The Homeschooled Christians Who Escaped December 8, 2013

The Homeschooled Christians Who Escaped

Kathryn Joyce, whose muckraking books about abuses within fundamentalist Christian circles are as frightening as they are illuminating, takes us inside the world of “The Homeschool Apostates” in the latest issue of American Prospect.

She profiles two daughters who broke free from their prison-warden-like parents:

The family’s isolation made it worse. The children couldn’t date — that was a given — but they also weren’t allowed to develop friendships. Between ages 10 and 12, Lauren says she only got to see friends once a week at Sunday school, increasing to twice a week in her teens when her parents let her participate in mock trial, a popular activity for Christian homeschoolers. Their parents wanted them naïve and sheltered, Lauren says: “18 going on 12.”

Her sister Jennifer had it worse. She was vegan, which pissed off her parents (because, you know, the Bible says God made animals so we could eat them).

Lauren and Jennifer eventually got away from their parents, thanks in part to a network of other former-homeschooled kids called Homeschoolers Anonymous.

Homeschooling leaders had dubbed them the “Joshua Generation.” Just as Joshua completed Moses’s mission by slaughtering the inhabitants of the Promised Land, “GenJ” would carry the fundamentalist banner forward and redeem America as a Christian nation. But now, instead, the children were revolting.

The story is strangely uplifting. It suggests that there’s a way out for the upwards of 2,000,000 kids who are homeschooled in ways that border on abuse. But it takes a lot of bravery to get out from parents who go well beyond overprotective. Remember what Lauren Drain had to go through when she (and a few of her siblings) left Westboro Baptist Church? They had virtually no contact to their siblings even though it was their parents they were trying to get away from. It’s not easy to leave, but there’s a better life awaiting them if they do.

The best part of Joyce’s story involves the unexpected way kids are learning to break the spell of the fundamentalist lifestyle. It’s the debate skills that schools like Patrick Henry College pride themselves on teaching young Christians:

For Ryan Stollar and many other ex-homeschoolers, debate club changed everything. The lessons in critical thinking, he says, undermined Farris’s dream of creating thousands of eloquent new advocates for the homeschooling cause. “You can’t do debate unless you teach people how to look at different sides of an issue, to research all the different arguments that could be made for and against something,” Stollar says. “And so all of a sudden, debate as a way to create culture-war soldiers backfires. They go into this being well trained, they start questioning something neutral like energy policy, but it doesn’t stop there. They start questioning everything.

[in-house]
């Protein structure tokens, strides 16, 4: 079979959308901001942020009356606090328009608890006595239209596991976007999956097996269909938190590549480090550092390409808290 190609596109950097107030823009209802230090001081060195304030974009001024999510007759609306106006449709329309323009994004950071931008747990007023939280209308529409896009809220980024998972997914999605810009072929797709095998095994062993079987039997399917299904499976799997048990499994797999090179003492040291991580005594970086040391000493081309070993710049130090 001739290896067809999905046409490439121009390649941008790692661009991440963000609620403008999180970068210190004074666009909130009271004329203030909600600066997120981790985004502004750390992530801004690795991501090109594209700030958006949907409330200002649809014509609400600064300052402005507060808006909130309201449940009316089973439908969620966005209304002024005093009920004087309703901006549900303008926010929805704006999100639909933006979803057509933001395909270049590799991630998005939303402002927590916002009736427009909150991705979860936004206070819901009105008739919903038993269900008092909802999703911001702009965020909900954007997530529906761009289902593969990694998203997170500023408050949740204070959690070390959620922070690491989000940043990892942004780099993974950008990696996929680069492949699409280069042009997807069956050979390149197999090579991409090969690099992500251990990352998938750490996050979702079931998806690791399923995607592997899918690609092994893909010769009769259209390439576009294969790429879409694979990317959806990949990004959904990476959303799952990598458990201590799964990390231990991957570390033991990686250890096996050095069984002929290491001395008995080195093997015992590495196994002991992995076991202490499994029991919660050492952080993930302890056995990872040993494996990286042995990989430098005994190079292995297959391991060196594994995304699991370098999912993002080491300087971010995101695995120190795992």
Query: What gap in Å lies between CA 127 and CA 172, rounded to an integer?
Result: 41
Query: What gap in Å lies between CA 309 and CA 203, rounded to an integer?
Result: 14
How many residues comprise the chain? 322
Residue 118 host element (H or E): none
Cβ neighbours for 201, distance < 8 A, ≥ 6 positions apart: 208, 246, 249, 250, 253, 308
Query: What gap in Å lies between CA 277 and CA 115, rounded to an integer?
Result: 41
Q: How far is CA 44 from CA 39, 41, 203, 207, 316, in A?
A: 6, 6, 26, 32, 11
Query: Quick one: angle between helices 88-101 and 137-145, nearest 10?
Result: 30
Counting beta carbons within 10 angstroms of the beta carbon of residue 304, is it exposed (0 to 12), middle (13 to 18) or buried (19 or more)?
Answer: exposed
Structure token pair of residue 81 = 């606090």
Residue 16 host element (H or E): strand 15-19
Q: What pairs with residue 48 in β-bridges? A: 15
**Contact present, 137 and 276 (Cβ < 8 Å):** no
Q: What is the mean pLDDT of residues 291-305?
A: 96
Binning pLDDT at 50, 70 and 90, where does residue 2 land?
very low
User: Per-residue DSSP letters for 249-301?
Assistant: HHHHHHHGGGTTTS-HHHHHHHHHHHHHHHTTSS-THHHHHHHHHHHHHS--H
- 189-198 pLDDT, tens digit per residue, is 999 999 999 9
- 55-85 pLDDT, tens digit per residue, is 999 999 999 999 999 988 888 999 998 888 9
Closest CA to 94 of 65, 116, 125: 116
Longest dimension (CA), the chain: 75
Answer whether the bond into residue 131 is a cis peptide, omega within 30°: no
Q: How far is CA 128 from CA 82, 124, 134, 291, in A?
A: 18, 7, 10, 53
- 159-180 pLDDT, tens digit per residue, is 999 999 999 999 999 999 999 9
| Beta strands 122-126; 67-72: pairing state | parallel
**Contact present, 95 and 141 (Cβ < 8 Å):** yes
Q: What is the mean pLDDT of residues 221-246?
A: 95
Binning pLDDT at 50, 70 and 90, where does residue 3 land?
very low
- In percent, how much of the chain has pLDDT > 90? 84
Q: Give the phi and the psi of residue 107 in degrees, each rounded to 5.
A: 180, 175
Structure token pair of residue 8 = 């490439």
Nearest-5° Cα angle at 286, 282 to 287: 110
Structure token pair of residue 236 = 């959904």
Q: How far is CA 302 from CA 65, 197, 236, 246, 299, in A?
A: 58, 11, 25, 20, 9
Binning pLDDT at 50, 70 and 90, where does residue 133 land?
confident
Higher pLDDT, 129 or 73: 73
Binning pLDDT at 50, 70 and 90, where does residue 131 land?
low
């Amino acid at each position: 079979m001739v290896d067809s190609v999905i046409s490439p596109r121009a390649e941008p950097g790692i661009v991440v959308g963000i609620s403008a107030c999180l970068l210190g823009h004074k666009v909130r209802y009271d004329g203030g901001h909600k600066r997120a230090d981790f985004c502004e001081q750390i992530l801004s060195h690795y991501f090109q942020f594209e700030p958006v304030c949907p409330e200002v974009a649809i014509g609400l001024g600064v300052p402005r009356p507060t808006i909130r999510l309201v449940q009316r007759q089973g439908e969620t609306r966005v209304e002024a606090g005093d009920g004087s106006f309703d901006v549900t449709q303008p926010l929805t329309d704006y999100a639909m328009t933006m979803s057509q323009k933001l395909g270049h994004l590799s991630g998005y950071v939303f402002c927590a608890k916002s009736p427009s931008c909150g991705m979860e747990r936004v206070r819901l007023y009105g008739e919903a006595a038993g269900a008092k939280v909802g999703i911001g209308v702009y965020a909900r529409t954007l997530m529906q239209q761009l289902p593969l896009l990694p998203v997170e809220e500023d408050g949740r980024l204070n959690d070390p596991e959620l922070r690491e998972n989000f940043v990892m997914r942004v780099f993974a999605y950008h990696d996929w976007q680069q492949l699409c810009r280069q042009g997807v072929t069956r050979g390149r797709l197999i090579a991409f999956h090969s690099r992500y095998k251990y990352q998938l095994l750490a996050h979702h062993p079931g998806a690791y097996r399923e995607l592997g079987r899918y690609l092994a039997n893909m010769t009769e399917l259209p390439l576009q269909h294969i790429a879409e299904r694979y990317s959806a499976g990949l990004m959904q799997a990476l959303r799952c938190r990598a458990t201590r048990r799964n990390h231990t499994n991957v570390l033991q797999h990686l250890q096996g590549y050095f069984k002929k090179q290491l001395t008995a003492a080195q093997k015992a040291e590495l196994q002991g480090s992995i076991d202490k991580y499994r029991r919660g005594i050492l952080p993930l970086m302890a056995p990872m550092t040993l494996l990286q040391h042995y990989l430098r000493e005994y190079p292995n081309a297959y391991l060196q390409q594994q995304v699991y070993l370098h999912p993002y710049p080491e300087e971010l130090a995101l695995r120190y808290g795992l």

It’s hardly a joke that teachings kids to expose themselves to alternative perspectives will help them realize how warped and isolated their own lives are. Once you’ve been exposed to a bit of free, it’s hard not to want more of it.

(Image via Shutterstock. Thanks to Richard for the link!)

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  • Timothy McLean

    That reminds me of a quote I read on parenting..
    Paraphrased, it says that you’re only ready for a kid when you are thinking in terms of “How will I not screw up this kid’s life?” instead of “How will this kid not screw up my life?”

    When knows more about parenting than you, you are a terrible parent.

  • MyFriend

    I was homeschooled in a very fundamentalist Christian household. So were most of my friends. My mom worked hard to ensure that we had a good education, but it was within the framework of her beliefs. Thus, evolution was a lie, dinosaurs and men walked the earth together (an appealing idea to a kid), Christianity is the cause of all good throughout history, non-Christianity the source of evil, etc. And that was a lot better than most of my friends, whose parents didn’t give a flip about education…just indoctrination.

    My parents’ big “problem” was that they insisted on obsessive Bible study. Guess what? There’s all sorts of shit in there that makes no damned sense/is hideously cruel/etc. The seeds of, I don’t want to say, doubt, but mental conflict were planted early. As I grew older and I started to understand more fully the lack of logic, it all fell apart. And I got a real education, in a secular, state university. I’m one of six. I’d classify two of my brothers as committed, compassionate religious people, one a religious opportunist, and the other an obsessive religious fanatic. My sister is the only one who feels pretty much the same (she identifies as agnostic, whereas I’m an atheist). Most of my friends are no longer my friends, because they are as indoctrinated as they ever were, and I’m now an infidel.

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